An evening mist, salted by the western sea, was gathering on the low hills
reed-spattered rises running up from the rocks then back into the gorse- and
bracken-covered country and on to the roads that joined the villages, where
lamps and candles flickered behind the shutters of the grey stone houses. It was
poor country so poor, remarked the Curé, who had recently arrived from Angers,
that the stones of the shore called out for God's mercy. With the mist came
sputtering rain, made invisible by the extinguished light, as it exploded like
flung gravel at the windows, while stronger gusts made the shivering pine trees
shed their needles on the dark, sanded earth.
Jacques Rebière listened to the sounds from outside as he looked through the
window of his bedroom; for a moment, a dim moon allowed him to see clouds
foaming in the darkness. The weather reminded him, often, that it was not just
he, at sixteen years old, who was young, but all mankind: a species that took
infant steps on the drifts and faults of the earth.
Between the ends of his dirtied fingers, Jacques held a small blade which,
over the course of several days, he had whetted to surgical sharpness. He pulled
a candle closer. From downstairs he could hear the sound of his father's voice
in reluctant negotiation.
The house was at the top of a narrow street that ran off the main square of
Sainte Agnès. Behind it, the village ended and there were thick woods Monsieur
Rebière's own property where Jacques was meant to trap birds and rabbits and
prevent other villagers doing likewise. The garden had an orchard of pear and
apple trees whose fruits were collected and set to keep in one of the
outbuildings. Rebière's was a house of many stores: of sheds with beaten earth
underfoot and slatted wooden shelves; of brick-floored cellars with stone bins
on which the cobwebs closed the access to the bottles; of barred pantry and
latched larder with shelves of nuts and preserved fruits. The keys were on a
ring in the pocket of Rebière's waistcoat. Although born no more than sixty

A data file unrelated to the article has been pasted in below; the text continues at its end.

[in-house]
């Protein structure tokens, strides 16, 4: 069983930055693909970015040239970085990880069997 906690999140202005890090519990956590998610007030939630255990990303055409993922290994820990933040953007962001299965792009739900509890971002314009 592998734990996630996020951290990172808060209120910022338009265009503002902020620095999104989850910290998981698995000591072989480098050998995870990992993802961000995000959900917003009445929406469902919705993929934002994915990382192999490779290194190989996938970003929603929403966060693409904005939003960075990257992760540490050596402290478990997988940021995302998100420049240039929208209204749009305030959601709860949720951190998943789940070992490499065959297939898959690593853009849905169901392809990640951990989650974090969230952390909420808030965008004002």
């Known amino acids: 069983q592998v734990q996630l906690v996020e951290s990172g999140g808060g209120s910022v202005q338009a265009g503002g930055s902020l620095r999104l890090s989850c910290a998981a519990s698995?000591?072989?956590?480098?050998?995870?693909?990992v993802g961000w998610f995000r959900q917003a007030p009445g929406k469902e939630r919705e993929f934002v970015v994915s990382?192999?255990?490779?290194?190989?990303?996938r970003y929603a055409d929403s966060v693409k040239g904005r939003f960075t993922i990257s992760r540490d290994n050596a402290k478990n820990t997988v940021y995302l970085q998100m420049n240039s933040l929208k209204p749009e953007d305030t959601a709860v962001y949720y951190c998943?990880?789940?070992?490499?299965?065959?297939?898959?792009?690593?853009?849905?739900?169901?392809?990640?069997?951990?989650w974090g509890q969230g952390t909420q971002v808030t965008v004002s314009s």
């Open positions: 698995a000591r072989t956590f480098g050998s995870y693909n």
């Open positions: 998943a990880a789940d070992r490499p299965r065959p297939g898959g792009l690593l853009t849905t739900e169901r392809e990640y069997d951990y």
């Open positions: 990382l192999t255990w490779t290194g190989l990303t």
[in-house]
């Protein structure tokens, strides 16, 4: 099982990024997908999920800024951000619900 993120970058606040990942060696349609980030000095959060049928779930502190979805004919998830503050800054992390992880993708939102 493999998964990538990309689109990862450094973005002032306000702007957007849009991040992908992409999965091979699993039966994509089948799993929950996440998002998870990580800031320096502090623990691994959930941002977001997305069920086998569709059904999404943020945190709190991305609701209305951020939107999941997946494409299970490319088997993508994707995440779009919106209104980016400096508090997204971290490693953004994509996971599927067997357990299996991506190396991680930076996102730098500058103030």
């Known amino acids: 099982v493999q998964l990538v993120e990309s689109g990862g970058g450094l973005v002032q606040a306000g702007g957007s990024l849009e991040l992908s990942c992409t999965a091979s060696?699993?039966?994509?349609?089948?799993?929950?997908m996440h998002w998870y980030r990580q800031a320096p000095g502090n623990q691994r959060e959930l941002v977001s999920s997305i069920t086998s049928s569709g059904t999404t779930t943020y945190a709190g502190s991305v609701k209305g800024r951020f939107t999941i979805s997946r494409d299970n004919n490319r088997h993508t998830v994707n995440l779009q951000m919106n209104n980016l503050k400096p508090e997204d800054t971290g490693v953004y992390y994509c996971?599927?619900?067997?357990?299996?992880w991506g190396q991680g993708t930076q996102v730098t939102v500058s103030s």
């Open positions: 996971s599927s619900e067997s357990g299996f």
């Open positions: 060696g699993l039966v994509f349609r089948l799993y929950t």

years earlier, he was known as 'old Rebière', perhaps for the arthritic movement
of his knees, when he heaved himself up from his chair and straightened the
joints beneath his breeches. He preferred to do business standing up; it gave
the transaction a temporary air, helping to convince the other party that
bargaining time was short.
Old Rebière was a forester who worked as the agent for a landowner from
Lorient. Over the years he had done some business on his own account, acquiring
some parcels of land, three cottages that the heirs did not want to keep, some
fields and woodland. Most of his work was no more than that of bailiff or rent
collector, but he liked to try to negotiate private deals with a view to
becoming a businessman in his own right. Born in the year after Waterloo, he had
lived under a republic, three kings and an emperor; twice mayor of the local
town, he had found it made little difference which government was in Paris,
since so few edicts devolved from the distant centre to his own Breton world.
The parlour of the house had smoke-stained wooden panelling and a white stone
chimneypiece decorated with the carved head of a wild boar. A small fire was
smouldering in the grate as Rebière attempted to conclude his meeting with the
notary who had come to see him. He never invited guests into his study but
preferred to speak to them in this public room, as though he might later need
witnesses to what had passed between them. His second wife sat in her accustomed
chair by the door, sewing and listening. Rebière's tactic was to say as little
as possible; he had found that silence, accompanied by pained inhalation, often
induced nervousness in the other side. His contributions, when they were
unavoidable, were delivered in a reluctant murmur, melancholy, full of a
weariness at a world that had obliged him to agree terms so self-wounding.
A Man Called Intrepid author dies aged 89(Dec 03 2013) William Stevenson, a journalist and author who drew on his close ties with intelligence sources to write two best-selling books in the 1970s, A Man Called...